[Video] Unpacking the Mystery of Value in QSR, Tech, and Streaming: Insights from This Consumer Life

Mar 5, 2024


Catrin: Welcome to This Consumer Life, Brox.ai's bite-sized weekly podcast, which brings you consumer insights direct from the horse's mouth using Brox.ai's exclusive and weekly updated database of video interviews. Each week, we'll be examining a new topic and hearing directly from the American consumer to really get to grips with what they are talking about and what they care about.

I'm Catrin, Head of Research at Brox.ai, and today I'm going to be walking through some insights on exactly what is value for money. The voices you will hear are real, but anonymized to protect privacy, and are taken from a representative sample of American consumers.

Understanding Value vs. Price

Male, 30-44: "Price is always the most important. Also, value."

Catrin: What exactly is value and how is it different from price? Once we got digging into our data, we very quickly found that value doesn't really mean anything. Actually, it's quite a mysterious concept that isn't very helpful to us as marketers. So while we all want to offer a good value proposition and to give our customers good value, what is that and how do we do it?

Insights from Quick Service Restaurants

Catrin: So we started by digging into quick service dining. And as soon as we got into our data and started looking at what our consumers were actually saying, we were struck by the fact that price wasn't even the top factor in determining a value proposition. So we broke value down into these different facets that constitute a value proposition for our respondents.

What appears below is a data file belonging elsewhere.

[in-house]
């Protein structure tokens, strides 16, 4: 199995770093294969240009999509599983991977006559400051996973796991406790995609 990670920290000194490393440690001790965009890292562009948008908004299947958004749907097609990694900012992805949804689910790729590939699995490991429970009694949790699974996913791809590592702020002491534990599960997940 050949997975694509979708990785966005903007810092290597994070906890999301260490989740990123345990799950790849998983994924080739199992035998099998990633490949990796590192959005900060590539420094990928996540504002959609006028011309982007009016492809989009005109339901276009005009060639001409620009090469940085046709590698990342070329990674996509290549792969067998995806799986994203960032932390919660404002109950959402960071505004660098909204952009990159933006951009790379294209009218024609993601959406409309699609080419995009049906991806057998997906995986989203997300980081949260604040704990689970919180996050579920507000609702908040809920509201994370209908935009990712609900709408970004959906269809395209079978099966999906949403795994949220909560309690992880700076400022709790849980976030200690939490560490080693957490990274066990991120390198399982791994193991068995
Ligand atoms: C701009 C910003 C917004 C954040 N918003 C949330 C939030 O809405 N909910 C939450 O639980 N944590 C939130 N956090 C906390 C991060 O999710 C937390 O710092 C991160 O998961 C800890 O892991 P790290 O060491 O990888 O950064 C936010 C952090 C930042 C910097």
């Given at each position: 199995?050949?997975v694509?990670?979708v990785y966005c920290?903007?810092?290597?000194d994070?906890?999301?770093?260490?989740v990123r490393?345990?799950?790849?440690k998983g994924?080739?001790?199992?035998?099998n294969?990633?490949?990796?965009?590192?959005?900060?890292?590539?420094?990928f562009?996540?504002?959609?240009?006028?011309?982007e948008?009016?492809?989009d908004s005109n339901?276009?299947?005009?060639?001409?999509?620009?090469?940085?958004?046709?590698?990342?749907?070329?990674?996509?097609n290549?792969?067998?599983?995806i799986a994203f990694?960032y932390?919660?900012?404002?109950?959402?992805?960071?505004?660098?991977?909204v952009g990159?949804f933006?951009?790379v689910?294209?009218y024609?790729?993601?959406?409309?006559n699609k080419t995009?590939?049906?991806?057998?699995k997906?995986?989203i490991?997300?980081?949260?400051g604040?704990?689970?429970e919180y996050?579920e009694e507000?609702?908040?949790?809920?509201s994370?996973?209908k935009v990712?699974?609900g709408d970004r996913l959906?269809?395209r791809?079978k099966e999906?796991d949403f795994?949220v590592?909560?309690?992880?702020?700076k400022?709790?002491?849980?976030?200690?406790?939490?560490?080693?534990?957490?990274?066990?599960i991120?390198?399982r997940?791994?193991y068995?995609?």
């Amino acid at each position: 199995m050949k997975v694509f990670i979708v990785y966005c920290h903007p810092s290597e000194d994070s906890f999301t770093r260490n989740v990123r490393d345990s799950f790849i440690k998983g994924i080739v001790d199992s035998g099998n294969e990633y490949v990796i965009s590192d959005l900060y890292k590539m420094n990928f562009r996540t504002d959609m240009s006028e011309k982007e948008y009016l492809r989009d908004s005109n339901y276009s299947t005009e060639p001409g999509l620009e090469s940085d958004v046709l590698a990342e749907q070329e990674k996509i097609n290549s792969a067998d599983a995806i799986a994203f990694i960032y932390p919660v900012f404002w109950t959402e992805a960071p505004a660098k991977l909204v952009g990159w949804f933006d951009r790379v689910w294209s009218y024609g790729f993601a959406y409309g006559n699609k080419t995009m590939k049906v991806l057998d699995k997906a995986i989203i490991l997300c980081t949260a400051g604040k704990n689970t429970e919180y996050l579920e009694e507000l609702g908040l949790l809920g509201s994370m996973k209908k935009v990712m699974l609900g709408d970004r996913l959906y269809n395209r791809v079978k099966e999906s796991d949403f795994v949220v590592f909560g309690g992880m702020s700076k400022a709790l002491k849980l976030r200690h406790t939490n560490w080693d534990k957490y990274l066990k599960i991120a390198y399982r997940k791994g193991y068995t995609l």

Male, 45-64: "The factors that are important to me when deciding on a fast food restaurant to eat at, the very first one is quality of the food. It has to be good quality food, there's no point going out to eat and getting garbage. So, it's gotta be good quality food. It's gotta be something I enjoy."

Catrin: We found that a sense of eating really good quality food that tastes delicious is actually much more important than price for the majority of our consumers. Clearly, price is not the be all and end all, and it's not even the beginning point of determining a value proposition when it comes to fast food dining.

How Age Impacts Value Perception in QSR

Catrin: From here we wondered, is it really as simple as quality and tasty food trumps price when it comes to fast food? With 34 percent of people talking about good quality, tasty food, compared to only 20 percent of people talking about price. So we broke these numbers down by demographics, and we looked into whether age had any impact on people's priorities.

Female, 45-64: "The price is if there's something that the kids would like to eat, and is it something that everybody in the family can eat, so that we can all do one place and be done, not have to go to multiple places."

Catrin: This age group is 15 percent more likely to talk about price when they're determining the value proposition of a fast food restaurant. This group has quite distinct needs when it comes to a fast food restaurant, and this makes perfect sense when you consider that they are perhaps taking large families out; they're going to be paying a lot more. They perhaps have fussy children or grandchildren who need particular menu options and won't settle for a limited menu, and so we see that the needs of these different age groups and different demographics cause the different facets of this strange concept of value that we're looking at to shift in importance.

Exploring Value in the Tech Industry